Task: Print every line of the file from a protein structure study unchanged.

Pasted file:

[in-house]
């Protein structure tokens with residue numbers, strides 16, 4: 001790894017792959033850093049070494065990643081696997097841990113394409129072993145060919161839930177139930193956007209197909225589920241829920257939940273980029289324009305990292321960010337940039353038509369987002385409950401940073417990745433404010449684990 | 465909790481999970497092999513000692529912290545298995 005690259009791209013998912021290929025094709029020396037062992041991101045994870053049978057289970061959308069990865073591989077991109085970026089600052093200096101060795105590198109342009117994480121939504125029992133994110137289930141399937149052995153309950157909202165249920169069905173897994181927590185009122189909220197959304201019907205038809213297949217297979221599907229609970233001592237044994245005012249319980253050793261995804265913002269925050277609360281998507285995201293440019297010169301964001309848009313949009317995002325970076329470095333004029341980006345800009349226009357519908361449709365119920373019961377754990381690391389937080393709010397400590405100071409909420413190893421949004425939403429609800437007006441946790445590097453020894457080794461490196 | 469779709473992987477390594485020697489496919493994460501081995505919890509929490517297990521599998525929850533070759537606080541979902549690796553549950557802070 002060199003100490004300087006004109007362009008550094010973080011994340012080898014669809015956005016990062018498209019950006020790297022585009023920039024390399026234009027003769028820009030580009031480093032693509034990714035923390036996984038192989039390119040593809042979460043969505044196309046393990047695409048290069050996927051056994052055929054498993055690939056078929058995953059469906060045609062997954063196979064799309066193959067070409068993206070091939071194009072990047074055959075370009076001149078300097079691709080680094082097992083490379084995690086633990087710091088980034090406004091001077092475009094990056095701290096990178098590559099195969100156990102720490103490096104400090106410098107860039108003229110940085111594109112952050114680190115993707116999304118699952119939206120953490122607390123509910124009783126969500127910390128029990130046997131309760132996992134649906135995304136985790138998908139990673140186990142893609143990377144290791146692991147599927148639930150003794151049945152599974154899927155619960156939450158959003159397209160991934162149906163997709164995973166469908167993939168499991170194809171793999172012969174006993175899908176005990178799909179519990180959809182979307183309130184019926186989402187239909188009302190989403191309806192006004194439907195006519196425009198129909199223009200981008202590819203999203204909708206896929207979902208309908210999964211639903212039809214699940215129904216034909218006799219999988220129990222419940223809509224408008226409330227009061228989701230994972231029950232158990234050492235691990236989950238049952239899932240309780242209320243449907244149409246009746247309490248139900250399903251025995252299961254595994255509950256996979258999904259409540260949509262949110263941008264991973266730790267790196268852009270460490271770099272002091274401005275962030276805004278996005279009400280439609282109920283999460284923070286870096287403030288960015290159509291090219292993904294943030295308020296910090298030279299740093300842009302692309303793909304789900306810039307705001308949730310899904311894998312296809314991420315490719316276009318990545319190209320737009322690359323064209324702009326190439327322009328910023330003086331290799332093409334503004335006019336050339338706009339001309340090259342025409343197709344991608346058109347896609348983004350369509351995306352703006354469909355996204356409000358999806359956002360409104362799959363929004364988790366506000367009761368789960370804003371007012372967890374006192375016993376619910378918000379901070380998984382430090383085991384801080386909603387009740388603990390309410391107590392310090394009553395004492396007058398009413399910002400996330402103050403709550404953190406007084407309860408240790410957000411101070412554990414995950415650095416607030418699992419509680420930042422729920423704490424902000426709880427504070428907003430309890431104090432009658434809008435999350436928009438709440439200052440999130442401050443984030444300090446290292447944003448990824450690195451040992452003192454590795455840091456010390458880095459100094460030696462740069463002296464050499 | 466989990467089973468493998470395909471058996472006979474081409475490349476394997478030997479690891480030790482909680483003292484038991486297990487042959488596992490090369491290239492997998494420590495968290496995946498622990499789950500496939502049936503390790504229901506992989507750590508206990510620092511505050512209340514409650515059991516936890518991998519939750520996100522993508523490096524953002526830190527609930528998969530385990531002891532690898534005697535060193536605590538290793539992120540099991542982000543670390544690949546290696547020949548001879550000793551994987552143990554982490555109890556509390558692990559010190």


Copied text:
[in-house]
């Protein structure tokens with residue numbers, strides 16, 4: 001790894017792959033850093049070494065990643081696997097841990113394409129072993145060919161839930177139930193956007209197909225589920241829920257939940273980029289324009305990292321960010337940039353038509369987002385409950401940073417990745433404010449684990 | 465909790481999970497092999513000692529912290545298995 005690259009791209013998912021290929025094709029020396037062992041991101045994870053049978057289970061959308069990865073591989077991109085970026089600052093200096101060795105590198109342009117994480121939504125029992133994110137289930141399937149052995153309950157909202165249920169069905173897994181927590185009122189909220197959304201019907205038809213297949217297979221599907229609970233001592237044994245005012249319980253050793261995804265913002269925050277609360281998507285995201293440019297010169301964001309848009313949009317995002325970076329470095333004029341980006345800009349226009357519908361449709365119920373019961377754990381690391389937080393709010397400590405100071409909420413190893421949004425939403429609800437007006441946790445590097453020894457080794461490196 | 469779709473992987477390594485020697489496919493994460501081995505919890509929490517297990521599998525929850533070759537606080541979902549690796553549950557802070 002060199003100490004300087006004109007362009008550094010973080011994340012080898014669809015956005016990062018498209019950006020790297022585009023920039024390399026234009027003769028820009030580009031480093032693509034990714035923390036996984038192989039390119040593809042979460043969505044196309046393990047695409048290069050996927051056994052055929054498993055690939056078929058995953059469906060045609062997954063196979064799309066193959067070409068993206070091939071194009072990047074055959075370009076001149078300097079691709080680094082097992083490379084995690086633990087710091088980034090406004091001077092475009094990056095701290096990178098590559099195969100156990102720490103490096104400090106410098107860039108003229110940085111594109112952050114680190115993707116999304118699952119939206120953490122607390123509910124009783126969500127910390128029990130046997131309760132996992134649906135995304136985790138998908139990673140186990142893609143990377144290791146692991147599927148639930150003794151049945152599974154899927155619960156939450158959003159397209160991934162149906163997709164995973166469908167993939168499991170194809171793999172012969174006993175899908176005990178799909179519990180959809182979307183309130184019926186989402187239909188009302190989403191309806192006004194439907195006519196425009198129909199223009200981008202590819203999203204909708206896929207979902208309908210999964211639903212039809214699940215129904216034909218006799219999988220129990222419940223809509224408008226409330227009061228989701230994972231029950232158990234050492235691990236989950238049952239899932240309780242209320243449907244149409246009746247309490248139900250399903251025995252299961254595994255509950256996979258999904259409540260949509262949110263941008264991973266730790267790196268852009270460490271770099272002091274401005275962030276805004278996005279009400280439609282109920283999460284923070286870096287403030288960015290159509291090219292993904294943030295308020296910090298030279299740093300842009302692309303793909304789900306810039307705001308949730310899904311894998312296809314991420315490719316276009318990545319190209320737009322690359323064209324702009326190439327322009328910023330003086331290799332093409334503004335006019336050339338706009339001309340090259342025409343197709344991608346058109347896609348983004350369509351995306352703006354469909355996204356409000358999806359956002360409104362799959363929004364988790366506000367009761368789960370804003371007012372967890374006192375016993376619910378918000379901070380998984382430090383085991384801080386909603387009740388603990390309410391107590392310090394009553395004492396007058398009413399910002400996330402103050403709550404953190406007084407309860408240790410957000411101070412554990414995950415650095416607030418699992419509680420930042422729920423704490424902000426709880427504070428907003430309890431104090432009658434809008435999350436928009438709440439200052440999130442401050443984030444300090446290292447944003448990824450690195451040992452003192454590795455840091456010390458880095459100094460030696462740069463002296464050499 | 466989990467089973468493998470395909471058996472006979474081409475490349476394997478030997479690891480030790482909680483003292484038991486297990487042959488596992490090369491290239492997998494420590495968290496995946498622990499789950500496939502049936503390790504229901506992989507750590508206990510620092511505050512209340514409650515059991516936890518991998519939750520996100522993508523490096524953002526830190527609930528998969530385990531002891532690898534005697535060193536605590538290793539992120540099991542982000543670390544690949546290696547020949548001879550000793551994987552143990554982490555109890556509390558692990559010190």